Examples: Monday, today, last week, Mar 26, 3/26/04
Welcome home! Please contact lincoln@newbuddhist.com if you have any difficulty logging in or using the site. New registrations must be manually approved which may take up to 48 hours. Can't log in? Try clearing your browser's cookies.

Masks of The Buddhas

lobsterlobster Veteran
edited December 2017 in Diet & Habits

We all wear different hats or masks when dealing with different people situations, apart perhaps for Diogenes ...
https://en.m.wikipedia.org/wiki/Diogenes

Examining our behaviour, we find it changes according to company, age, influence etc.

In Tantric Buddhism the qualities or masks of the Buddha are temporarily worn for wisdom, healing, protection and so on.

Wot you presently wearing? (zenniths need not reply - not that fashion statements ever stopped their habits ...)

SnakeskinHozan

Comments

  • Skin, a mask for all occasions. Being serious. ;)

  • federicafederica seeker of the clear blue sky Its better to remain silent and be thought a fool, than to speak out and remove all doubt Moderator

    I find the better my practice, the more absent the mask.

    SnakeskinkarastiHozan
  • CarlitaCarlita Bastian please! Save us! United States Veteran

    @lobster said:

    We all wear different hats or masks when dealing with different people situations, apart perhaps for Diogenes ...
    https://en.m.wikipedia.org/wiki/Diogenes

    Examining our behaviour, we find it changes according to company, age, influence etc.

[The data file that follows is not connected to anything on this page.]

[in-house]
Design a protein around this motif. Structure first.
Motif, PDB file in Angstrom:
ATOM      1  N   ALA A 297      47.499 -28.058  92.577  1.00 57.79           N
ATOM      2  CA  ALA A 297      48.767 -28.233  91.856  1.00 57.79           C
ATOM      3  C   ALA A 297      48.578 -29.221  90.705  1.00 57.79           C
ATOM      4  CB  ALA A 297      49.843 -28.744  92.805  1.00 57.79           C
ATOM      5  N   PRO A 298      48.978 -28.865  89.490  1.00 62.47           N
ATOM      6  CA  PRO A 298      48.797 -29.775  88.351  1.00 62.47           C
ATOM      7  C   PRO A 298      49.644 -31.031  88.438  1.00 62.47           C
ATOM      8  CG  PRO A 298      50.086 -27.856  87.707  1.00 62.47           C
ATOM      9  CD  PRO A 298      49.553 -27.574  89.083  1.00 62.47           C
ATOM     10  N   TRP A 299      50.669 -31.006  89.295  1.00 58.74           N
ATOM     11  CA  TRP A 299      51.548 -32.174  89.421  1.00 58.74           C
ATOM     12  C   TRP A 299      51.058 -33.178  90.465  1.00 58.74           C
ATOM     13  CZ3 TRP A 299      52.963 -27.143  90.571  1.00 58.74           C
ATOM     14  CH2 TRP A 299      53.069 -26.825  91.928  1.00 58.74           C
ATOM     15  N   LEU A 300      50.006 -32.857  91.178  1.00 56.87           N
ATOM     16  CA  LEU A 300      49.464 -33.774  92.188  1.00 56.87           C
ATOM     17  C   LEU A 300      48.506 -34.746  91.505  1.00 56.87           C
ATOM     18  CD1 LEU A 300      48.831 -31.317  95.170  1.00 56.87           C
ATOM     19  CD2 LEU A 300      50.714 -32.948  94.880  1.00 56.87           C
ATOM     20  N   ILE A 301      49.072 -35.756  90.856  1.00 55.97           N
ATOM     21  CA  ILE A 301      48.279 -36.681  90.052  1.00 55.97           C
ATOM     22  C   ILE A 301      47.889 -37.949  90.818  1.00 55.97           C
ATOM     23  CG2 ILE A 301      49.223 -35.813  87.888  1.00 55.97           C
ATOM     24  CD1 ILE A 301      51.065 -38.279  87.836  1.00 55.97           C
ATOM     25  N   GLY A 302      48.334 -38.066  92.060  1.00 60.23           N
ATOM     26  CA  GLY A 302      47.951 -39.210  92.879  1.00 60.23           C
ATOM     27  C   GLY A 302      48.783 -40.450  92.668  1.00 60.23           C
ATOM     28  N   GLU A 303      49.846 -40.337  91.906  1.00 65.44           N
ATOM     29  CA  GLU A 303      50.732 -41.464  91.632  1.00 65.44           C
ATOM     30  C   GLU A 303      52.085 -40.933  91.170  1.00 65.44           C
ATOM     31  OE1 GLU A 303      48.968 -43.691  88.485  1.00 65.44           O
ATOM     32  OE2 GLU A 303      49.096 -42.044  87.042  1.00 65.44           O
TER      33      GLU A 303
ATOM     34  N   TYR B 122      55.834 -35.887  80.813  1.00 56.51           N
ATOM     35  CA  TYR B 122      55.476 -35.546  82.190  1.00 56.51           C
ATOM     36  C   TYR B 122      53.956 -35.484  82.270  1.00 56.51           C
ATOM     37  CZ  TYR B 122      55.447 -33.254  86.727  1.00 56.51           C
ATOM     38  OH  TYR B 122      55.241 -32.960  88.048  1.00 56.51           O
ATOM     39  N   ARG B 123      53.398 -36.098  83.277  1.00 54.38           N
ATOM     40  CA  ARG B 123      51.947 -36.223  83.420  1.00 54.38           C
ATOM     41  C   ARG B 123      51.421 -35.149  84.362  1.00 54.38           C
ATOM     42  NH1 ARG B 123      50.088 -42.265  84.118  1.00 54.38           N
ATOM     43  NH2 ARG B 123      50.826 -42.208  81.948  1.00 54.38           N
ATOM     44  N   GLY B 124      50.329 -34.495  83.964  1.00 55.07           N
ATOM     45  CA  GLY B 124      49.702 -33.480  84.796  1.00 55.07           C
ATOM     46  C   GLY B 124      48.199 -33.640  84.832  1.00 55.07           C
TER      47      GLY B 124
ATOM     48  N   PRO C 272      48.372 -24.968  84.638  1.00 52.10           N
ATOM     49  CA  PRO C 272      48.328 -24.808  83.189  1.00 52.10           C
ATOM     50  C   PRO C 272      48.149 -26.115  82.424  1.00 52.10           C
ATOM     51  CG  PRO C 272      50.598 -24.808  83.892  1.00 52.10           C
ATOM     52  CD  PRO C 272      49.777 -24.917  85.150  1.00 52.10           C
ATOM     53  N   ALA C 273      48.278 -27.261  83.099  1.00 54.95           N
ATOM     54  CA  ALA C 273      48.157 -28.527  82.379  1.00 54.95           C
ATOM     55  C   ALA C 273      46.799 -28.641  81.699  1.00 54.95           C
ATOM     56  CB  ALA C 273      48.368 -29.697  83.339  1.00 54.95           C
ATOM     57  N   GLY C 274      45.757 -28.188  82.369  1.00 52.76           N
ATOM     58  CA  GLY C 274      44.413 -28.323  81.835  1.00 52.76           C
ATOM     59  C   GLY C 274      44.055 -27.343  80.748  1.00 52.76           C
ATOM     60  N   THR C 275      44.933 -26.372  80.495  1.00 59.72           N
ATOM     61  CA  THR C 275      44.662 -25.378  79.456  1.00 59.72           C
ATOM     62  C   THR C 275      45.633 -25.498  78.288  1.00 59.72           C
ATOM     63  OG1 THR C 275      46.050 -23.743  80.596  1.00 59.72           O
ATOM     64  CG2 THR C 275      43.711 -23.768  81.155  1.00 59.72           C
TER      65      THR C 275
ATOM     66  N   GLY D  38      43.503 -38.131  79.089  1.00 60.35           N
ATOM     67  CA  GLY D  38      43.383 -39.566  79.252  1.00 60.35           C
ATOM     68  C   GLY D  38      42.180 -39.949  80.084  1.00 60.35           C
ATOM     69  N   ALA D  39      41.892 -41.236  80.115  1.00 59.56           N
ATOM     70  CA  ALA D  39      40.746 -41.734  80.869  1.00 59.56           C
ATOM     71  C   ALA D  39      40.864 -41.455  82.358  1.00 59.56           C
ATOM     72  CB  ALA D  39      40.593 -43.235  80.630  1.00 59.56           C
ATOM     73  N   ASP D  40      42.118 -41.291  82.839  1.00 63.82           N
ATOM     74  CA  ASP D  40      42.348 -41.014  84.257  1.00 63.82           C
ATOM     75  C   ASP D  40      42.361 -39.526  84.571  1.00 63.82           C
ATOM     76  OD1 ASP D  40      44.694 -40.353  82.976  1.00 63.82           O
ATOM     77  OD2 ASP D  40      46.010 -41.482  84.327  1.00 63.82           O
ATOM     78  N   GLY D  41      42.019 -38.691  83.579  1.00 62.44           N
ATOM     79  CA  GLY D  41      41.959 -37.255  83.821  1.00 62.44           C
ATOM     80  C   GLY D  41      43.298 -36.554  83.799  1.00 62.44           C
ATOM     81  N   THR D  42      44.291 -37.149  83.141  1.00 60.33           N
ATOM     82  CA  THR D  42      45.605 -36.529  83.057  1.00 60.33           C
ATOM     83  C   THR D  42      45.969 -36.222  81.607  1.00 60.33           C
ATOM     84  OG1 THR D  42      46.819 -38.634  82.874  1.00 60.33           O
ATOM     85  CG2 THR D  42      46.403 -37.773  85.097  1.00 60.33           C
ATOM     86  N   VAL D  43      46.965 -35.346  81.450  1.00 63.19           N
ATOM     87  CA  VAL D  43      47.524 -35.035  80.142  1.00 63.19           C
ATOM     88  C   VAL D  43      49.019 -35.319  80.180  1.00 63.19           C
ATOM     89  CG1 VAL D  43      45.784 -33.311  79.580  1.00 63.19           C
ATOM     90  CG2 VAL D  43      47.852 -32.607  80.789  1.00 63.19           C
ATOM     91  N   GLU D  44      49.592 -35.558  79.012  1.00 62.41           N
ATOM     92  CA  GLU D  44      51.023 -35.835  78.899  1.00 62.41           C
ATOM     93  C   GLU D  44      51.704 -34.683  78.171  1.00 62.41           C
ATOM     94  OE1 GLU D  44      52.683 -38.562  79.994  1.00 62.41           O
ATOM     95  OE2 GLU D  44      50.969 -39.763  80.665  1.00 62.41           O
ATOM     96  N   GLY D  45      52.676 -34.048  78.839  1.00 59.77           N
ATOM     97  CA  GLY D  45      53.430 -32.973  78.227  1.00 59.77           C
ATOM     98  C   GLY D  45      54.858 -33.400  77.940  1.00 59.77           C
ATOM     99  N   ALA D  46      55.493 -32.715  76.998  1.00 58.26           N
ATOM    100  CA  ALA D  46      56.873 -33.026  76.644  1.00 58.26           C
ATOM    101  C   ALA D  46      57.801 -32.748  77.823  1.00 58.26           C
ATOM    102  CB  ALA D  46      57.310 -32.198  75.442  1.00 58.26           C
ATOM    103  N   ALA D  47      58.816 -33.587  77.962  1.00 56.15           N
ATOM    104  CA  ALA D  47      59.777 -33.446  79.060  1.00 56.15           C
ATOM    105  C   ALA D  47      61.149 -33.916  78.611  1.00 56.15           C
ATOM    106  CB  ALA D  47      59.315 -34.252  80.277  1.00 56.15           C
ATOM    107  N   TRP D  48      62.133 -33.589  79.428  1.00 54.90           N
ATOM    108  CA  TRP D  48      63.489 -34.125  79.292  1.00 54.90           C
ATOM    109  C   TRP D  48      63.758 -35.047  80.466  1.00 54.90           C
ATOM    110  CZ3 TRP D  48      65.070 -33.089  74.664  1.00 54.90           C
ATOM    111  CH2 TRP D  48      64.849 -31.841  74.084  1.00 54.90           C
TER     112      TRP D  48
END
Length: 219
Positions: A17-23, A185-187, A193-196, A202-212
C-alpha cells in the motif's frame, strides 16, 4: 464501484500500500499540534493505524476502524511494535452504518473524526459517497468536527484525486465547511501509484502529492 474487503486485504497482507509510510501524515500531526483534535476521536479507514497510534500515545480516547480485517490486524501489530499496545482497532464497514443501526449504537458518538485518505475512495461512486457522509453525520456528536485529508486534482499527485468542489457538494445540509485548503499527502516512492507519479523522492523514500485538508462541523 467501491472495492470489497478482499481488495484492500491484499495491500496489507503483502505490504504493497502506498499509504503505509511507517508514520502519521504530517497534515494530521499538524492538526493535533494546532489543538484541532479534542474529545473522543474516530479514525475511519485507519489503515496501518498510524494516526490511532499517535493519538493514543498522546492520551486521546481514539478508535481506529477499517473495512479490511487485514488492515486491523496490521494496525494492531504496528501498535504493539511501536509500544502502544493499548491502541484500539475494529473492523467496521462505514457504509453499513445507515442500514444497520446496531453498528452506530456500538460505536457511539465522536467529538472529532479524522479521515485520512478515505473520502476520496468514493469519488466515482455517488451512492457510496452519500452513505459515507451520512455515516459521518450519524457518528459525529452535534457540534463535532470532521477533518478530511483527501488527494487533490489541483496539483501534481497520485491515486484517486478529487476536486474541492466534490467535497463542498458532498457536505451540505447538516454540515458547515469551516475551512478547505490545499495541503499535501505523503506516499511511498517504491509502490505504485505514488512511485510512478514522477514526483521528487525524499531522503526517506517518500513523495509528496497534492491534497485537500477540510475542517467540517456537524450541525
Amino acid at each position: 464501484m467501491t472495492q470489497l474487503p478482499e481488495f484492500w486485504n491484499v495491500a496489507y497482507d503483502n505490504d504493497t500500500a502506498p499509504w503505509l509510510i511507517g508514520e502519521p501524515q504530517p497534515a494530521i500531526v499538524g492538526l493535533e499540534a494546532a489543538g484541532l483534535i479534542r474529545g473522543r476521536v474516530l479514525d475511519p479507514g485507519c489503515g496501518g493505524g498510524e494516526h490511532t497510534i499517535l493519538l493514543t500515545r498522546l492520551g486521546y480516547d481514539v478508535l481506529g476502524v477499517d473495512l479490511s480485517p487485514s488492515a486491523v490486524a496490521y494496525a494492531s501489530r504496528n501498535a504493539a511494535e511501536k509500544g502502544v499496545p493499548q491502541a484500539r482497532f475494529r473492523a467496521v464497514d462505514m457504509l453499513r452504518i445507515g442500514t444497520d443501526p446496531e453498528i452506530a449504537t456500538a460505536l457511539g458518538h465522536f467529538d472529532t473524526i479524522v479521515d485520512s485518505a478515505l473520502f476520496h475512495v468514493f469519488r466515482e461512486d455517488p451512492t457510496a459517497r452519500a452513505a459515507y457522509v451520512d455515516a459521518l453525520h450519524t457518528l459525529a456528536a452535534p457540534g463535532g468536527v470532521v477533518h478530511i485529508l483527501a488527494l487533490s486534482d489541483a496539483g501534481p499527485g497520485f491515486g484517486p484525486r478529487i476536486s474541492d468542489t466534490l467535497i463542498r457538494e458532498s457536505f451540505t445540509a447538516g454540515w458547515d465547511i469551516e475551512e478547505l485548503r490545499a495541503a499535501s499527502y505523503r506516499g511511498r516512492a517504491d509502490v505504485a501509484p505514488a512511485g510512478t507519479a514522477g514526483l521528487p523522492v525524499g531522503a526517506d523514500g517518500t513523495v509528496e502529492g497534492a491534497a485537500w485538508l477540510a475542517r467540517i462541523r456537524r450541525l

In Tantric Buddhism the qualities or masks of the Buddha are temporarily worn for wisdom, healing, protection and so on.

    Wot you presently wearing? (zenniths need not reply - not that fashion statements ever stopped their habits ...)

    Inqusitive. Its good they are masks. We can have different genuine attributes without attaching and indentifying the masks as ourselves.

    Snakeskinsilverlobster
  • silversilver In the beginning there was nothing, and then it exploded. USA, Left coast. Veteran
    edited December 2017

    It's all part of the fun (of life) - one from a favorite movie ~

    Snakeskin
  • SnakeskinSnakeskin Veteran
    edited December 2017

    This topic reminds me of one of my pre-Buddhist musings. First, multiple times I’d been told to just be myself. Always an insult. “I am being myself.” Second, my dad once told me he wore his work face at work. It wasn’t just at work. Now he does different work and his "face", for the better, doesn’t much change on or off the clock. Lastly, I’d often heard people tell a personal story, then say of their behavior “but that’s not me.”

    I’ve always been hard on myself. “We are our own worst critic.” So, reflecting on these, I had had to call BS. There’s no other real you. What you’re doing right now is you. It’s not somebody else; it’s you. I had began reading about Buddhism in adolescence, so it may have informed this view. It’s a relativist one. Whether or not it comports with right view, I definitely carried it in with me. I wear no masks. Whoever, whatever am I at any moment, for better or worse, that’s the real me.